Reports that police forces may consider using psychics in missing person cases are nothing new.

On past evidence, however, the misses have been as regular as the hits. One of the more notable of 20th-century psychic failures was their inability to discover the whereabouts of New York’s Judge Joseph Crater, who disappeared from Broadway after dining with a lawyer and a showgirl on 6 August 1930. As late as 1964 the Dutch clairvoyant Gerard Croiset divined that the body could be found in Yonkers. An extensive search produced nothing and Sheriff John E.

Fry told the press: ‘There wasn’t even a bone some dog might have buried for future reference.’

Despite this, the South Australian police turned to Croiset for help when three children were abducted from a beach near Adelaide in January 1966. They were never seen again. After wrongly suggesting three places in which their bodies might be found, including a house that the new owners were obliged to have partly demolished, Croiset moved to Europe.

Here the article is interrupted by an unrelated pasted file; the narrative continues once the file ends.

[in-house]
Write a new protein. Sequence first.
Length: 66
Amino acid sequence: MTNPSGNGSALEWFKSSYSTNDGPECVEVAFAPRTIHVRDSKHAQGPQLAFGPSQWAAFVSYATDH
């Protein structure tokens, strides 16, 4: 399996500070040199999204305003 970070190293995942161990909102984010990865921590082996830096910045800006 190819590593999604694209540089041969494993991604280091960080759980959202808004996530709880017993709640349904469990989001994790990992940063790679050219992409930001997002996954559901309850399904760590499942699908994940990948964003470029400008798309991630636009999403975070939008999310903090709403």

When Chandra Levy, the Washington DC intern at the Federal Bureau of Prisons, went missing on 1 May 2001, psychics from around the world suggested where her body might be found. Sites included the basement of a Smithsonian storage building; in the Potomac river; and as far away as the Nevada desert. Not even close. A year after her disappearance, her body was found by a man walking his dog in a remote section of Rock Creek Park in Washington DC.

However, in England, the psychic Estelle Roberts did correctly identify the place where Mona Tinsley’s body could be found after she had been abducted and murdered by Frederick Nodder.

In 1993 a dinner was apparently given by the Metropolitan Police in honour of psychic Nella Jones after her 20-year career assisting officers. By 2006, 28 forces denied that they used psychics and, in 2009, the Metropolitan Police maintained it had never used them. This, however, was later modified to: ‘We do not identify people we may or may not speak with in connection with enquiries.’

James Morton is a writer and former criminal defence solicitor